In the book they are basically in a “good” community – lead by people who actually believe in morals and values. They are up against a “bad” community which is lead by fat-cat bureaucrats who are worried about their own survival over that of the community. Additionally, the “good” community was concerned about the welfare of other communities and interested in banding together for the greater good while the “bad” communities saw the other communities as a place to dump citizens they didn’t want to support or as a protective shield. This again leads me to the conclusion that localized leadership is important and cooperating with the town leadership as a smaller group could be a key to success.
Accessibility of Meat and other Rations
Areas were quickly hunted out in the book – and they lived in the mountains. The book addresses the fact that most farming operations have been shunned out of existence in large community areas. As a consequence of that, domesticated meat animals are in poor supply whereas in the outcast farming communities they are abundant. However, supporting the large amount of animals would become impossible without constant deliveries of feed and would result in animals going to waste – a conundrum of our modern society. Thinking about this has lead me to consider how to band together with the local farmers in my area (I live in one of those farming communities) and make plans for how to manage in a situation like this.
The book does a great job of hammering home the medical realities of a situation like this. Huge amounts of people die off due to disease and infection. Outsiders, especially those from other countries who were stranded at airports, bring in exotic diseases to which we have no pre-built defense and very few drugs for. Rampant death brings its own disease and exposure as well which can lead to problems. On top of all this, general hygiene will be significantly different as people will likely rarely be able to bathe.
This is a big risk for smaller towns, especially rural communities. As conditions will be exponetially worse in big cities as they are in small towns, refugees will be flooding out of the large cities and inevitably head towards small towns. Dealing with an influx of refugees brings a great moral dilemna – do you allow your own community to suffer and greatly deplete the available food resources in order to keep the refugees allive? Or do you forcibly control the refugee population and move them out without allowing them access to your food?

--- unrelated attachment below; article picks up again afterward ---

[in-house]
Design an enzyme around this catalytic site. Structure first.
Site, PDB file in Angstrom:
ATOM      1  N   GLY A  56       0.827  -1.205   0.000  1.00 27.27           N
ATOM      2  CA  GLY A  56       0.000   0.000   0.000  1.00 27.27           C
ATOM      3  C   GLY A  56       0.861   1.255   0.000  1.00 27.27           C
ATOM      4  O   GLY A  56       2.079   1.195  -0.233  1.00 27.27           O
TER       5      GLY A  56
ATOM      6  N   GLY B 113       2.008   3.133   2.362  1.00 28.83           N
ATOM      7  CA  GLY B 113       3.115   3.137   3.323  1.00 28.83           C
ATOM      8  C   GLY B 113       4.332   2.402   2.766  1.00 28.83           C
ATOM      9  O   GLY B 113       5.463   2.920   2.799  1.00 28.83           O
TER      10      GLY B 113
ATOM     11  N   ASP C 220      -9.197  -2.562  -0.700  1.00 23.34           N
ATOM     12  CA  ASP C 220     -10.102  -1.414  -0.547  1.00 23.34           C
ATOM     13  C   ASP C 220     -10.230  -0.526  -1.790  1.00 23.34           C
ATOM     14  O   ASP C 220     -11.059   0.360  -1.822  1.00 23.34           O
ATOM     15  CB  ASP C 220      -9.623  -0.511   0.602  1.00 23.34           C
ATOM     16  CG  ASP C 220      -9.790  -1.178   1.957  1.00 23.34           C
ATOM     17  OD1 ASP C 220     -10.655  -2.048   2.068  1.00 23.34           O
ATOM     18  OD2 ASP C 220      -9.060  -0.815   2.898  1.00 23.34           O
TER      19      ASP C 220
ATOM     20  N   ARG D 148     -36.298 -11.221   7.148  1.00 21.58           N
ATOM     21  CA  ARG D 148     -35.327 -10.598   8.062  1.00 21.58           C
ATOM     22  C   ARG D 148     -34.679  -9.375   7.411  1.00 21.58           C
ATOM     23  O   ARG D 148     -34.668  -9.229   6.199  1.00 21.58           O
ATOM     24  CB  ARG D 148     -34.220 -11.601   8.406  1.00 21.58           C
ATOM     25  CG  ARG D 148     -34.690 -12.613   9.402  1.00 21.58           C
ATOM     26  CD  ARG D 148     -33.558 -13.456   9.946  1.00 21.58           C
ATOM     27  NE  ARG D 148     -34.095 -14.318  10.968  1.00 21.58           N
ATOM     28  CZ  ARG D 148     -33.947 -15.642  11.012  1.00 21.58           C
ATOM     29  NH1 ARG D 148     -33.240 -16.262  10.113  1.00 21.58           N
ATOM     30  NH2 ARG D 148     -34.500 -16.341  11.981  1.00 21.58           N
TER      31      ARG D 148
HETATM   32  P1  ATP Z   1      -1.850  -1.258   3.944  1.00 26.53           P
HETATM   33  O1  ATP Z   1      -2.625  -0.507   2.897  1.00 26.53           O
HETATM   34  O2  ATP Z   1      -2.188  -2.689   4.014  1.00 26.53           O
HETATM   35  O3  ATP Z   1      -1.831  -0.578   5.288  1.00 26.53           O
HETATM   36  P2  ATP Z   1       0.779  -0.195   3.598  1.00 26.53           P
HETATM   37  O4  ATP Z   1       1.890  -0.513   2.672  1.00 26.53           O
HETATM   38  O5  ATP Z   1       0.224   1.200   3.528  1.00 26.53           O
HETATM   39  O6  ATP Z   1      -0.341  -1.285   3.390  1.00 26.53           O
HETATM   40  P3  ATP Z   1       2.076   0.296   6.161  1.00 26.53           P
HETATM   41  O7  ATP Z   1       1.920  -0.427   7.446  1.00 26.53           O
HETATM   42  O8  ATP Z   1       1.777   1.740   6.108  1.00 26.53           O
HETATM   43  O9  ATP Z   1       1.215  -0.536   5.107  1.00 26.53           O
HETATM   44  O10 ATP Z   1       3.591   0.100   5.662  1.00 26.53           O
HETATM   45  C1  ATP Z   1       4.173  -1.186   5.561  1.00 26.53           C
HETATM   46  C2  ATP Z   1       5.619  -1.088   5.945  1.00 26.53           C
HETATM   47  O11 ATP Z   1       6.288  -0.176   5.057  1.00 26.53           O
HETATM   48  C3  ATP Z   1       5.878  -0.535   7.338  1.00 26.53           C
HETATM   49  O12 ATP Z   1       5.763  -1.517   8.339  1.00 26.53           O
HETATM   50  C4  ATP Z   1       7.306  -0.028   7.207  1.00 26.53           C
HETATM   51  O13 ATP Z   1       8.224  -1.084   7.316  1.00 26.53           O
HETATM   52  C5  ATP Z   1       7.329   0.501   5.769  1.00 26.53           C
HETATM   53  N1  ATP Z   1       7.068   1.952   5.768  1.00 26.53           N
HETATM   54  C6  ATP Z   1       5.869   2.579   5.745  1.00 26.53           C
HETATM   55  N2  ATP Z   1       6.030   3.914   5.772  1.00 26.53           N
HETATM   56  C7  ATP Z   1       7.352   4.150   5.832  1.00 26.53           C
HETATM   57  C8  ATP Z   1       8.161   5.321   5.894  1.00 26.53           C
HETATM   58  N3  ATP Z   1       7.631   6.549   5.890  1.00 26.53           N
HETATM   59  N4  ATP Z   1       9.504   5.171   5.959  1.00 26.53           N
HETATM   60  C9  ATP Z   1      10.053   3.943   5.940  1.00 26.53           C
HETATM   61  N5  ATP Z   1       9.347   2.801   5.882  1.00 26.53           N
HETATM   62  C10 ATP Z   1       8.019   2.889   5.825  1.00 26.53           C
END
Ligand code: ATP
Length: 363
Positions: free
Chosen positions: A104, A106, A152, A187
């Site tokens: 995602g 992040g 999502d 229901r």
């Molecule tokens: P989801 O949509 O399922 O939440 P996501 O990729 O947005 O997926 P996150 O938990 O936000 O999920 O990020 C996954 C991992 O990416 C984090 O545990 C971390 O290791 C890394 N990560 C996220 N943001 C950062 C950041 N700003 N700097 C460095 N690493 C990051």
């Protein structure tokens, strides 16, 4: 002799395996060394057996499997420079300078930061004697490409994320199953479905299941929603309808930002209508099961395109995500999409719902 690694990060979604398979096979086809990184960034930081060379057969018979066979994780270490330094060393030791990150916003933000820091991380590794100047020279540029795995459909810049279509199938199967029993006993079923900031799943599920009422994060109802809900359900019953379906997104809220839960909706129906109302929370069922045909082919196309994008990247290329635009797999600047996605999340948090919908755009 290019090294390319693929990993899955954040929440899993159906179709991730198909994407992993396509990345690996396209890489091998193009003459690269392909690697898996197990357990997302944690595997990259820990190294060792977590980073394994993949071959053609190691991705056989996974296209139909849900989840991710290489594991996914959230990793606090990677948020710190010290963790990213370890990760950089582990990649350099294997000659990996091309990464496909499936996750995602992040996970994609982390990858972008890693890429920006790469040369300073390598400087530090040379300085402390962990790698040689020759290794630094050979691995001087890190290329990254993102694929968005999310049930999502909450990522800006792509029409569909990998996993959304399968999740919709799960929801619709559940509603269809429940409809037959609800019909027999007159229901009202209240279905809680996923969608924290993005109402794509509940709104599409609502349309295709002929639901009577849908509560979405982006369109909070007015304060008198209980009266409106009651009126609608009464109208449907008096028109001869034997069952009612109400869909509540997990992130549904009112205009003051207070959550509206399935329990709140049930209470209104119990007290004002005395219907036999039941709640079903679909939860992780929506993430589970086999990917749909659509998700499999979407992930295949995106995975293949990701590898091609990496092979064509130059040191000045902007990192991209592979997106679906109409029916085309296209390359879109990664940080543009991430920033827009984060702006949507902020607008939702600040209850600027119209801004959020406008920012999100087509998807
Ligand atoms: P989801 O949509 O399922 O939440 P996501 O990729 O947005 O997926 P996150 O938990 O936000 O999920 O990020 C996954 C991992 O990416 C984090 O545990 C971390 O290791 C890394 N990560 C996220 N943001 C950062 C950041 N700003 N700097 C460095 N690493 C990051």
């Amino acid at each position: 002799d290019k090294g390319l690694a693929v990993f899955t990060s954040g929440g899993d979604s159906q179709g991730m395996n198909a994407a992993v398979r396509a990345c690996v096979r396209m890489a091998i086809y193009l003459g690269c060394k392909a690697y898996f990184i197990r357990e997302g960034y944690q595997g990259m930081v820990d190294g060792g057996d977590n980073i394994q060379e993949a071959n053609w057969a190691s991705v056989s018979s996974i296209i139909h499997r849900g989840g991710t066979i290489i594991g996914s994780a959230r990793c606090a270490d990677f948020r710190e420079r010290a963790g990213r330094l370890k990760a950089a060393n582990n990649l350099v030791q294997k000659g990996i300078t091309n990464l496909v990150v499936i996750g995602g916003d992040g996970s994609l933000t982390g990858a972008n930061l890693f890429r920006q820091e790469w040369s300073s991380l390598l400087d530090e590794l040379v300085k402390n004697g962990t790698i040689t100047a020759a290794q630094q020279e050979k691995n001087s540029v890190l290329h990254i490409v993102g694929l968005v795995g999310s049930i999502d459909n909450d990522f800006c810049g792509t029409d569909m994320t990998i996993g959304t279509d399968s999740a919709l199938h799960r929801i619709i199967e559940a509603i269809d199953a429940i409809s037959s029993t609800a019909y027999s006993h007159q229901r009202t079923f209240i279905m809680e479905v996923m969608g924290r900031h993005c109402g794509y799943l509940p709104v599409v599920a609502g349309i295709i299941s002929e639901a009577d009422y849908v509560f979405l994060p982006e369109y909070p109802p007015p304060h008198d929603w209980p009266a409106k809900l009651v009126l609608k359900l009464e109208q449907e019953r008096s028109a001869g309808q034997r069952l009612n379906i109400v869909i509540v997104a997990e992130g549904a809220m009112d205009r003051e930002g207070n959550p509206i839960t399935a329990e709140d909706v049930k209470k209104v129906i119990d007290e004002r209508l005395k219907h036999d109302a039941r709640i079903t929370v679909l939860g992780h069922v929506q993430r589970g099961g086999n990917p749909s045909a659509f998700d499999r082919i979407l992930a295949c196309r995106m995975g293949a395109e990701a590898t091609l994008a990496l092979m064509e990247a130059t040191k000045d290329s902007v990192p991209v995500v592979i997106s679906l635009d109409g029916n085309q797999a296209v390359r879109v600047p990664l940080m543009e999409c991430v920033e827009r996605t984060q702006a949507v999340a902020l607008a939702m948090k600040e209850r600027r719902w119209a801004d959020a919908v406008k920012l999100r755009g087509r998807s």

Immediate Need of Resource Gathering
The book points out many potential resources that are overlooked in the begining – the biggest being trucks on the road that are full of food – much of it perishable. In an EMP type scenario, trucks will be littering the freeway and will either be raided by the population or will hopefully be harvested for rationing. For preppers who are already stocked with most things need there isn’t as much immediate panic, but on day one supplies will be taken and hoarded – hopefully by those who will be wise and fair stewards of it.
Long Term Survival – Food Reproduction
The book covers everyone eventually tearing out their lawns and building “Victory Gardens”, they also cover stock management a bit. The key takeaway here in my mind was that everyone needs to have a good stock of seeds and should already be planting a garden large enough to provide for themselves. Many people will die in the time it takes for a harvest to roll around.
It is unfortunate that our society is so absorbed with “pretty”. Lawns and decorative trees are a complete waste. If all trees were fruit bearing, things would be drastically different in a TEOTWAWKI situation. Lawns, while useful for certain activities are generally a waste of time, resources and space. Imagine how well a TEOTWAWKI situation would go if everyone had gardens instead of lawns, fruit instead of decorative trees and a domestic meat animal or two and some egg laying chickens in their backyard. Our pride, envy and self-absorbed obsession with pretty yards will likely ultimately be the death of us.